The agreement not only covers the 62,000 Big Three Chains workers, the largest bargaining unit in the UFCW, but also an additional 28,000 grocery workers at regional chains like Stater Brothers, Food 4 Less and Gelson's Market. A contract covering 45,000 grocery workers in Northern California is set to expire in October.

The new contract, which the UFCW leadership is calling a victory, didn't come without activism and organizing from rank-and-file grocery workers and their allies. For almost a year, union members and supporters have organized scores of rallies at stores, demonstrating their commitment to fight.

Rising tensions could be seen at the protests in the lead-up to the negotiations. A September 16 rally turned out more than 300 people at a San Diego Ralphs store, where there were three incidents of violence against picketers. But solidarity was building, with members of six other unions taking part in protests.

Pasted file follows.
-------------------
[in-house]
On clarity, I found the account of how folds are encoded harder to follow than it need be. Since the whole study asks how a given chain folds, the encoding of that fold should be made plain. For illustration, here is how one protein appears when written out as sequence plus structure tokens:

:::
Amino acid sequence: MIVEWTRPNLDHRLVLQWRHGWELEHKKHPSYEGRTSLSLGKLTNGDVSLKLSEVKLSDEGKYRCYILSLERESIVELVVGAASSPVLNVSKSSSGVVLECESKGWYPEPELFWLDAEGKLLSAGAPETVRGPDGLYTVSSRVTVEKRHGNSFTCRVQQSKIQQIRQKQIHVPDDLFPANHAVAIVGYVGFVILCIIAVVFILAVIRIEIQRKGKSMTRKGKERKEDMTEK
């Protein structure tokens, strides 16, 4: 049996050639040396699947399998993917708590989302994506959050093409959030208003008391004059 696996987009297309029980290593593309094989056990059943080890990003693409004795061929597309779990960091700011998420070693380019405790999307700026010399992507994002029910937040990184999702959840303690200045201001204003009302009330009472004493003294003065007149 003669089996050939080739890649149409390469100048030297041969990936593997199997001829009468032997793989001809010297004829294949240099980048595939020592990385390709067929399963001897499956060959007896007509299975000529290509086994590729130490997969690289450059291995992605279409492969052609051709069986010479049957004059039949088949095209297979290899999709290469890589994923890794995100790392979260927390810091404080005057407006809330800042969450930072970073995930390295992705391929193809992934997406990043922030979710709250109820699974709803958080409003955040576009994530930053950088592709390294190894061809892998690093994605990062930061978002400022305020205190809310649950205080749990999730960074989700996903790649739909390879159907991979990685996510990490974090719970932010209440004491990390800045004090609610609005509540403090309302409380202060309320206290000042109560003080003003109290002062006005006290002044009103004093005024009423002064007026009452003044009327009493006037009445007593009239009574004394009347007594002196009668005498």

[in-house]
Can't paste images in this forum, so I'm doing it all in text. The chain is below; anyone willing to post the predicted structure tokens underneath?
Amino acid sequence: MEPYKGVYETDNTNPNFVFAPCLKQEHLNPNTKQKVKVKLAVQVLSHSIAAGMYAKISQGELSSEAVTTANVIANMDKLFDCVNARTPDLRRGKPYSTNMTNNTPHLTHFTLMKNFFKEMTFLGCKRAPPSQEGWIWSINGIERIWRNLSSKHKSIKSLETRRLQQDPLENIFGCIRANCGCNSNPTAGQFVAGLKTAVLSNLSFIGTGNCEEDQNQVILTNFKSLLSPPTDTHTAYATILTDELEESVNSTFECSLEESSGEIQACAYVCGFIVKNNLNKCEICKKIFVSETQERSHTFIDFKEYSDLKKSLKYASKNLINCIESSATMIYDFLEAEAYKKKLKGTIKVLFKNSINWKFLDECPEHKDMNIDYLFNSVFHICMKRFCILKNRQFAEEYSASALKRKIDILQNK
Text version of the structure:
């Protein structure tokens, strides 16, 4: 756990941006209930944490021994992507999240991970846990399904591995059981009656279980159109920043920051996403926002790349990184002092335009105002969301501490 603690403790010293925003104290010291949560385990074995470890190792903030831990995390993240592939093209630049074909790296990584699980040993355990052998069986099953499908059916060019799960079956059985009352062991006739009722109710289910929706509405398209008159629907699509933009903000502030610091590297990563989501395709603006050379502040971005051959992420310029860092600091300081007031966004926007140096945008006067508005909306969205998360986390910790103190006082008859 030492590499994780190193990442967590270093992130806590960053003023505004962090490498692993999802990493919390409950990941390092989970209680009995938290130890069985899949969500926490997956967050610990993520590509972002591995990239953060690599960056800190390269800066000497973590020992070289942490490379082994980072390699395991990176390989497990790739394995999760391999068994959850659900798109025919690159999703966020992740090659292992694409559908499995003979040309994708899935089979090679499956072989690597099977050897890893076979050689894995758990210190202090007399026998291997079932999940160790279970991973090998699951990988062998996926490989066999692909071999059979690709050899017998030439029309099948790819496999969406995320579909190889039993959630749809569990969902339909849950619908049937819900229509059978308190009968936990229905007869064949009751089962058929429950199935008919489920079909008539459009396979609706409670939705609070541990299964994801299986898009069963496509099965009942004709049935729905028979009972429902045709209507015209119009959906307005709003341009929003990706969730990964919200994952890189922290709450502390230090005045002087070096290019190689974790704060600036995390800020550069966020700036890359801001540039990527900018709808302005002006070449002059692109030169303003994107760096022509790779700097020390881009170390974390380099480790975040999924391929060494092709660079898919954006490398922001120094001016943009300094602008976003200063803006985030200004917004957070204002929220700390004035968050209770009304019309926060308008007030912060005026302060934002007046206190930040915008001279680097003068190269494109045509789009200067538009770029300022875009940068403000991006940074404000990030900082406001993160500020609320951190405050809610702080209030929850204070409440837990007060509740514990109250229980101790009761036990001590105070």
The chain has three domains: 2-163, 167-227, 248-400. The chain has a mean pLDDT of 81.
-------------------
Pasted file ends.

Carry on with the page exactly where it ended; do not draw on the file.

Many members praised union negotiators for putting pressure on the Big Three chains, thus forcing them to come up with an additional $72 million for health care in the last four hours of negotiations. But it had yet to be seen what could have been won had the union carried through on a strike that its members had been preparing for.

The money is there, no matter how much the Big Three plead poverty. If workers are going to be able to celebrate contracts that win back fully funded health care and pension benefits, they will need to increase the pressure on employers--and demand the fair share that we deserve.

Bo Elder, Andrew Seymour and Avery Wear contributed to this article.